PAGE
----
A rather alarming situation is developing in Louisville, Kentucky, in which local businesses are allegedly being issued demands from Black Lives Matter (BLM) activists and told that if they don’t meet the demands, their business might be “f*cked with.”
The demands are onerous, invasive, and ludicrous. They include everything from hiring quotas to training mandates to displaying a letter supporting reparations for black people to—perhaps most outrageous of all—paying a “recurring monthly donation of 1.5% of net sales to a local Black nonprofit or organization.”
While some area businesses have reportedly caved to the bullying demands, Fernando Martinez, a partner in a restaurant group, referred to the demands and alleged threats if he failed to comply as “mafia tactics.”
Fernando Martinez, a partner of the Olé Restaurant Group, was one of dozens of business owners in the downtown Louisville district who recently received a letter from protesters laying out demands that aim to improve diversity in the area, which is known for its locally-owned shops and restaurants.
Martinez has publicly denounced the demands on Facebook, calling them “mafia tactics” used to intimidate business owners. And on Thursday, a small group of protesters confronted him outside his newest restaurant, La Bodeguita de Mima, on East Market Street.
“There comes a time in life that you have to make a stand and you have to really prove your convictions and what you believe in,” Martinez wrote in his Facebook post. “… All good people need to denounce this. How can you justified (sic) injustice with more injustice?”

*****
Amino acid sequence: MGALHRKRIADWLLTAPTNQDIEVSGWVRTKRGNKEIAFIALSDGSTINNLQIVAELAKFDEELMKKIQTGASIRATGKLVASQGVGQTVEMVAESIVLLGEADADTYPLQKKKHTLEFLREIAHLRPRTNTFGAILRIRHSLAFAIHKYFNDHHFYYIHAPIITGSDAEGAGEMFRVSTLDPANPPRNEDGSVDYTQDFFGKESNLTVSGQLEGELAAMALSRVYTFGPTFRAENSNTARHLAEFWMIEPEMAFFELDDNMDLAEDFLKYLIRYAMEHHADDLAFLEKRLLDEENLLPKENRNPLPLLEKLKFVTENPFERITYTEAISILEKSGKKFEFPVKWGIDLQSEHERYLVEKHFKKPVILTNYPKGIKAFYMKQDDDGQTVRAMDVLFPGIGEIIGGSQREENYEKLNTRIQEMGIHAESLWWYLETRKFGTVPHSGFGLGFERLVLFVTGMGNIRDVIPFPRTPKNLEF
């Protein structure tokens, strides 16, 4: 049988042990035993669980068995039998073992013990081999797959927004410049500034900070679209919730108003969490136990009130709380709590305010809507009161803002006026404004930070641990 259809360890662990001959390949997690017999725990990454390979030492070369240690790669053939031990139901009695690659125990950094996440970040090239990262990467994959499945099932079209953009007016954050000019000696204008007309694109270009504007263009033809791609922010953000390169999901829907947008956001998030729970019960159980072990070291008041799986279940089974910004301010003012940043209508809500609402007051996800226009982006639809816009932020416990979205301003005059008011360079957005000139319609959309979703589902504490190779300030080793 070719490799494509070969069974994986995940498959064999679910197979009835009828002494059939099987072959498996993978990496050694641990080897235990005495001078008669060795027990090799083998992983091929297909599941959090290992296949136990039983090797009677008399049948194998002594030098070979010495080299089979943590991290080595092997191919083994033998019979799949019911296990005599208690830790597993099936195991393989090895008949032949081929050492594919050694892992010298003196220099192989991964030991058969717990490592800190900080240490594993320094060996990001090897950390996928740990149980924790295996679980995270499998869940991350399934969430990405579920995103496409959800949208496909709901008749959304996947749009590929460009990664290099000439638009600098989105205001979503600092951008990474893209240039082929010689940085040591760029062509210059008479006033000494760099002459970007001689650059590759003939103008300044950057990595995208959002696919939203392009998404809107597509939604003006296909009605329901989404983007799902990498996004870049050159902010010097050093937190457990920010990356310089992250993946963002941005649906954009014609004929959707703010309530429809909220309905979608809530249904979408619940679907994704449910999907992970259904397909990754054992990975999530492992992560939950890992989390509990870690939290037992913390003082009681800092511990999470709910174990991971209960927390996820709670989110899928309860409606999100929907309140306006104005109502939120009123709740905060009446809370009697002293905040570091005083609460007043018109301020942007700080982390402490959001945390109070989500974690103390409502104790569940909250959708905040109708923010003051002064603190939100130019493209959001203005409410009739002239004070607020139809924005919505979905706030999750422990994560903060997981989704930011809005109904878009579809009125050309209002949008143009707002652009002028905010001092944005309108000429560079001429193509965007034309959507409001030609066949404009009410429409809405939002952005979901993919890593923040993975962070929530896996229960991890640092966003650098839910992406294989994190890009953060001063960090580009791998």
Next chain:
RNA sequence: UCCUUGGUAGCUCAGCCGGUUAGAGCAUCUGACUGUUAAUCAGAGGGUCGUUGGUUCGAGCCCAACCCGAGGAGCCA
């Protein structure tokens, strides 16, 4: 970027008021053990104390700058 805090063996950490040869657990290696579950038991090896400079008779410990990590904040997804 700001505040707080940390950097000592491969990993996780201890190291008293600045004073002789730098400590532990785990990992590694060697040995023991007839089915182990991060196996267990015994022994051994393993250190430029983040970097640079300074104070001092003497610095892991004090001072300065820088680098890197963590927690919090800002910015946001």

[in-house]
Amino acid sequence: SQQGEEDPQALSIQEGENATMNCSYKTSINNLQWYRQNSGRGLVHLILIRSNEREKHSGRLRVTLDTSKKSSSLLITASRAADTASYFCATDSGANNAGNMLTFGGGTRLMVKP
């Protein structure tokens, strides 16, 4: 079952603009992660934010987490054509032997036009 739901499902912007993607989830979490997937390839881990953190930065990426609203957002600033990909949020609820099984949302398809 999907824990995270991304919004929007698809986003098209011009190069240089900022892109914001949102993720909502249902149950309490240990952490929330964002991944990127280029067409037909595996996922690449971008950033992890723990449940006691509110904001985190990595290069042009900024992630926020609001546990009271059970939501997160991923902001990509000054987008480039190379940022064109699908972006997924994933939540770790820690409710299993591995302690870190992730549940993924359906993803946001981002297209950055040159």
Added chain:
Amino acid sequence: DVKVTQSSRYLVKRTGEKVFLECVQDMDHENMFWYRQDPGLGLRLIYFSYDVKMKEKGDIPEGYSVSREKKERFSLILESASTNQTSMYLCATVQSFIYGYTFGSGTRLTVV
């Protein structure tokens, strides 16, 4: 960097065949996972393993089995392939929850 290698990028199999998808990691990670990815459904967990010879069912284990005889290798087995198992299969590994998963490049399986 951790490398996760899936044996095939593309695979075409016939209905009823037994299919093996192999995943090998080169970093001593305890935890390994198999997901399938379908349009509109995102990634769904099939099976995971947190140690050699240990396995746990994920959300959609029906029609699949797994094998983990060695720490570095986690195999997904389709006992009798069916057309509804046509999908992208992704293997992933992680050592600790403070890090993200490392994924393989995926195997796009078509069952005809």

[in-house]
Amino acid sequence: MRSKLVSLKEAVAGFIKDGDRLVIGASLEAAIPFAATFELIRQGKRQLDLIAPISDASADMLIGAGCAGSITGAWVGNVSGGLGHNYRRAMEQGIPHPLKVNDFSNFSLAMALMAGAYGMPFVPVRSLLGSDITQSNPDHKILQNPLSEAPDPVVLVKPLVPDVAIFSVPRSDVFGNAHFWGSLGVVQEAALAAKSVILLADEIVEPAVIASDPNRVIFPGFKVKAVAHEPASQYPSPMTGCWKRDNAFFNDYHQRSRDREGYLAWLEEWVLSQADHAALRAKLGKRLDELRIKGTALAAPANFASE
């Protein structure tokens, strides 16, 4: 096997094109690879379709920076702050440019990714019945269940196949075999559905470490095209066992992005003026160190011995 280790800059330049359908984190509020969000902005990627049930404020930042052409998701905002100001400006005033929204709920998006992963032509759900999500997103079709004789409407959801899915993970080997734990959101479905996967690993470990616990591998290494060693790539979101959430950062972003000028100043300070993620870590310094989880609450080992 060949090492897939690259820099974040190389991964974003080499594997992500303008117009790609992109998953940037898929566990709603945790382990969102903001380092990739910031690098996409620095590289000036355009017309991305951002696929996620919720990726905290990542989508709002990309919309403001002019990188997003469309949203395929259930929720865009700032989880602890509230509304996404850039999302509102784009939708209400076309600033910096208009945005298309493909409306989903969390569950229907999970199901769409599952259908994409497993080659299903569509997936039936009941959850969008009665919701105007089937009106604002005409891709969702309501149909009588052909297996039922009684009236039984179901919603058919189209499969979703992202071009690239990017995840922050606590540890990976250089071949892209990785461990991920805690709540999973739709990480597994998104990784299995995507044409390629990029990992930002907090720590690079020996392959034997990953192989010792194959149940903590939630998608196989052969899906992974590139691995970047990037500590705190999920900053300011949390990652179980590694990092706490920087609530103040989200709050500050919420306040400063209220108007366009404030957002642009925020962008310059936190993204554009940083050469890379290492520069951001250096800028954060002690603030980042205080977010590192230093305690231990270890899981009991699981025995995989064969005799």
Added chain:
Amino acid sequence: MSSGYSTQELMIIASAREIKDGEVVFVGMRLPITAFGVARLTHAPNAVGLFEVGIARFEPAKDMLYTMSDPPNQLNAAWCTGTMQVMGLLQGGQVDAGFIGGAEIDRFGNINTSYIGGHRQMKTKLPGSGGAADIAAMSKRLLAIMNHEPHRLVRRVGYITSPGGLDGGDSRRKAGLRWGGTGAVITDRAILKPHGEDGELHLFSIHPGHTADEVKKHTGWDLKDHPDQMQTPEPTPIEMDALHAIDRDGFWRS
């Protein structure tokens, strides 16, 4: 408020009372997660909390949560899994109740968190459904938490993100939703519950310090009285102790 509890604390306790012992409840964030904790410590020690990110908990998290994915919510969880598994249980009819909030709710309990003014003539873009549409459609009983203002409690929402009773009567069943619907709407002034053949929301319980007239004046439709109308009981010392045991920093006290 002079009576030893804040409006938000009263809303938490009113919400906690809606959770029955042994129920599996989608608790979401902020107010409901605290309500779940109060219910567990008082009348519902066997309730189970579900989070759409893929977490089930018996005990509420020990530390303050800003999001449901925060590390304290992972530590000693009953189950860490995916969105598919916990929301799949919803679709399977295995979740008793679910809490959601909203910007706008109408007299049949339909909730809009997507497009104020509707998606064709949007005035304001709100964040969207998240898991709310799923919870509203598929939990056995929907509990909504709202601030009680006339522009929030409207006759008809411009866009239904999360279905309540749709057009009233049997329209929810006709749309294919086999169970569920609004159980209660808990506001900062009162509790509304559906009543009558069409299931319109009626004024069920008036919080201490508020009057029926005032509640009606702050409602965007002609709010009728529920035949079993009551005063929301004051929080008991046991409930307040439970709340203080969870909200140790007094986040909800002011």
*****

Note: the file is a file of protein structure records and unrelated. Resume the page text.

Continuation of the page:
According to a press release, members of the city’s Cuban community will meet outside the NuLu restaurant at 4 p.m. Sunday to support the immigrant-owned business, which “has been subject to vandalism and extortion in recent days.”
The list of demands handed out to restaurant and other small businesses in the area contains the following (per the Courier Journal):
The demands and an attached contract, which were created by local organizers and activists, ask NuLu business owners to:
- Adequately represent the Black population of Louisville by having a minimum of 23% Black staff;
- Purchase a minimum of 23% inventory from Black retailers or make a recurring monthly donation of 1.5% of net sales to a local Black nonprofit or organization;
- Require diversity and inclusion training for all staff members on a bi-annual basis;
- And display a visible sign that increases awareness and shows support for the reparations movement.
Phelix Crittenden, an activist who works with Black Lives Matter Louisville, said the demands and related “NuLu social justice health and wellness ratings” were not meant to be a threat but were instead intended to start a conversation with owners about how their businesses can better reflect and support Black people.
Crittenden claims that the outrageous demands are not meant to be a threat; however, Martinez says that he personally was told that he better comply or that his business would be “f*cked with” and reported that a flower pot belonging to the establishment was smashed for emphasis.